Journal News

Democratizing calcium visualization

Laurel Oldach
Dec. 7, 2021

At a time when cloning a gene was a feat worthy of a high-impact publication, someone asked Roger Tsien why he studied calcium.

Tsien-Roger-300x341.jpg
Wikimedia Commons
Roger Tsien

“His somewhat flippant answer was, ‘Because it cannot be cloned,’” recalled Joseph Kao, who was a postdoc in Tsien’s lab and is now a professor at the University of Maryland. “Early on, he was actually somewhat dismissive of molecular biology.”

Tsien, who died in 2016, is best remembered for his contributions to developing a molecular biology icon: green fluorescent protein. His group’s work helped transform the protein from a coelenterine curiosity to a laboratory staple and earned Tsien a third of the 2008 Nobel Prize in chemistry. Prior to launching that project in the 1990s, Tsien already had revolutionized the field of calcium sensing.

In the 1970s, Kao said, measuring calcium was “a very rarefied, arcane art” that depended on a deep knowledge of electrophysiology. Today, researchers can use a variety of fluorescent indicators to visualize the activity of calcium and other second messengers in living cells. Many modern indicators derive from a series of probes that Tsien’s lab developed.

In one Journal of Biological Chemistry Classic article on such probes, “Ca2+ indicators based on fluoresceins and rhodamines,” Akwasi Minta, Kao and Tsien introduced several fluorescent indicators of Ca2+ concentration that could be used in cells.

Tsien began to pursue an interest in calcium signaling early in his scientific career. The ion already was known as an important signal carrier central to muscle contraction, synaptic transmission and many other physiological functions.

“Calcium was central to everything — but it was very difficult to measure,” Kao said. Tsien considered electrophysiology as an undergraduate, but by the time he started his graduate research at Cambridge, he was focused on chemical approaches.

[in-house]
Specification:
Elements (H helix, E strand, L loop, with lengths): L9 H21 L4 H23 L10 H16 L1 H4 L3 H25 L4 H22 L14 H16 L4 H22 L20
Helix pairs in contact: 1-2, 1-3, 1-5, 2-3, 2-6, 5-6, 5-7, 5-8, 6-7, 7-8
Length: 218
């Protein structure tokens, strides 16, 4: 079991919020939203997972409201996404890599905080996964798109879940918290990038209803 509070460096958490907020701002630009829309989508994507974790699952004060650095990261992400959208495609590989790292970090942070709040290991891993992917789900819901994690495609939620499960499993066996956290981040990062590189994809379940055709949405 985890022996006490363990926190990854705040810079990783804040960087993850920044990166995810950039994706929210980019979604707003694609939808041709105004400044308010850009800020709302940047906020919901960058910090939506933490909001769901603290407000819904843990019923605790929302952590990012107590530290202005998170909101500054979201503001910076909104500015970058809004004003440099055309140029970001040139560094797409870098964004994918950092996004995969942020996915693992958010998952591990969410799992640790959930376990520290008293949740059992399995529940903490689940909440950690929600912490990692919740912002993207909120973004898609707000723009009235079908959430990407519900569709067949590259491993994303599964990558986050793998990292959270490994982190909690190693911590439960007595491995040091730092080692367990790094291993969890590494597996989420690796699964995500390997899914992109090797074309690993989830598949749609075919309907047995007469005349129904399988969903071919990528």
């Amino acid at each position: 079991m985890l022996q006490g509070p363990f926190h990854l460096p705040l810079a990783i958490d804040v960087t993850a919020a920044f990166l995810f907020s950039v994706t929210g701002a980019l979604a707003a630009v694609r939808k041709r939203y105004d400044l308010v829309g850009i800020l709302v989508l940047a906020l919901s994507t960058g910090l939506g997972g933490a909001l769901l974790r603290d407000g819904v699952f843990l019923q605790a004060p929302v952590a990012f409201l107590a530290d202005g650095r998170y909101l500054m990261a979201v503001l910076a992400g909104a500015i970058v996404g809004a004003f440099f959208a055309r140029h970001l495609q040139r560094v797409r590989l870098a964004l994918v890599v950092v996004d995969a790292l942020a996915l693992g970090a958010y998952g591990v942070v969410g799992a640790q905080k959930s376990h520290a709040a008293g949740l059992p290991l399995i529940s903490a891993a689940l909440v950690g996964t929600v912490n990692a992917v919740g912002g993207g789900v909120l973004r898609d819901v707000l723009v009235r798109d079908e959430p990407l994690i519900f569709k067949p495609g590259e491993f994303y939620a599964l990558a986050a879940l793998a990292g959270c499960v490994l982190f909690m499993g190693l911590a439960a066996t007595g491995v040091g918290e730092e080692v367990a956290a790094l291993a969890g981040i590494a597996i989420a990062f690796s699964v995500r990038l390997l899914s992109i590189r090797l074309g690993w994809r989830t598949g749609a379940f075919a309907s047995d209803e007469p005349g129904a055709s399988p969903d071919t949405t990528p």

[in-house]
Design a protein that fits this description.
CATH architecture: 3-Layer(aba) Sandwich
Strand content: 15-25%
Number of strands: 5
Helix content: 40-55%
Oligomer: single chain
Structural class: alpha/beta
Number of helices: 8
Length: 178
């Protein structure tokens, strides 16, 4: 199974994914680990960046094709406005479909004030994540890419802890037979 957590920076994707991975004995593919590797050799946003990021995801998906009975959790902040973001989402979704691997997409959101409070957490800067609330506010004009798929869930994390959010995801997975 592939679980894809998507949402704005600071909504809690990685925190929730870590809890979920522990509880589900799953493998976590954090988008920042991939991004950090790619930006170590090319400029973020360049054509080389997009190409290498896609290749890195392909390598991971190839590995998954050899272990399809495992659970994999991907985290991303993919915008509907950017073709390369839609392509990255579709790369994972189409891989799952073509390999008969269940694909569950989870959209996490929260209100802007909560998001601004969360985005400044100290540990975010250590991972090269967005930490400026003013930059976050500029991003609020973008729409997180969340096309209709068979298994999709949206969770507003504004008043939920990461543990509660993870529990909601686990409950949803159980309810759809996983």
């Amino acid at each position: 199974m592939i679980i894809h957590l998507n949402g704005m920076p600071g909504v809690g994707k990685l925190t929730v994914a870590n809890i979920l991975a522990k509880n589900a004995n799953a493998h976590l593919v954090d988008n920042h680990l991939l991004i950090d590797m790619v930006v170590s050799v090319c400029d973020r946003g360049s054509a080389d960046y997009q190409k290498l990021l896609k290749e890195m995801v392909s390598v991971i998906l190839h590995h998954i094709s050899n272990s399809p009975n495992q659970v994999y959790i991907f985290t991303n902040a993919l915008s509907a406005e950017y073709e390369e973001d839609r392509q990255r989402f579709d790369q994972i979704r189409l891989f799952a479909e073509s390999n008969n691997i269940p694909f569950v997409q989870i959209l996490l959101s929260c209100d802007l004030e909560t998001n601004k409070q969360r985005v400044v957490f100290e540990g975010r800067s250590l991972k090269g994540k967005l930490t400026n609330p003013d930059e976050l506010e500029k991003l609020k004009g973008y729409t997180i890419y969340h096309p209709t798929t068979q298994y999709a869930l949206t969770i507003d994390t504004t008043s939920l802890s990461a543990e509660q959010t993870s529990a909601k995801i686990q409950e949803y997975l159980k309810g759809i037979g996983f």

The first Ca2+ chelator Tsien developed, 2-bis(o-aminophenoxy)ethane-N,N,N′,N′-tetraacetic acid, or BAPTA, remains widely used because of its rapid binding kinetics, high selectivity for calcium and insensitivity to pH changes in the physiological range. BAPTA binds calcium through four carboxylate groups.

Joseph Kao
Nonprotonated structures of BAPTA and Fluo3. When Ca2+ is present, the carboxylic acid groups coordinate the cation.

At the University of California, Berkeley, Tsien led a lab that developed the calcium probes fura-2 and indo-1, which are elaborations of the BAPTA architecture. Both of these molecules are intrinsically fluorescent, but upon binding Ca2+, the shapes of their fluorescence spectra change. The ratio of the fluorescence intensities at two different wavelengths can be calibrated into actual Ca2+ concentration. Because such ratiometric measurements are insensitive to the concentration of indicator in the sample, some common experimental artifacts are minimized. Still, Tsien was disappointed that they required long-wavelength ultraviolet excitation, which potentially can harm cells and excite autofluorescence. Tsien was initially reluctant to publish on the new indicators, Kao said, but ultimately yielded to persuasion by postdoc Martin Poenie.

Tsien was intent on developing a fluorescent Ca2+ indicator with excitation in the visible range. Perhaps it could be done by combining BAPTA with the visible fluorescence of already available fluorophores? He recruited postdocs Minta, a chemist, and Kao, a biophysicist, to work on the project.

First, the molecules had to be synthesized. An early synthetic strategy involved a long pressurized incubation in an aluminum instrument that resembled an old-fashioned coffee urn. Kao recalled a time when the chemists left a reaction to run over the weekend, hoping to improve its yield.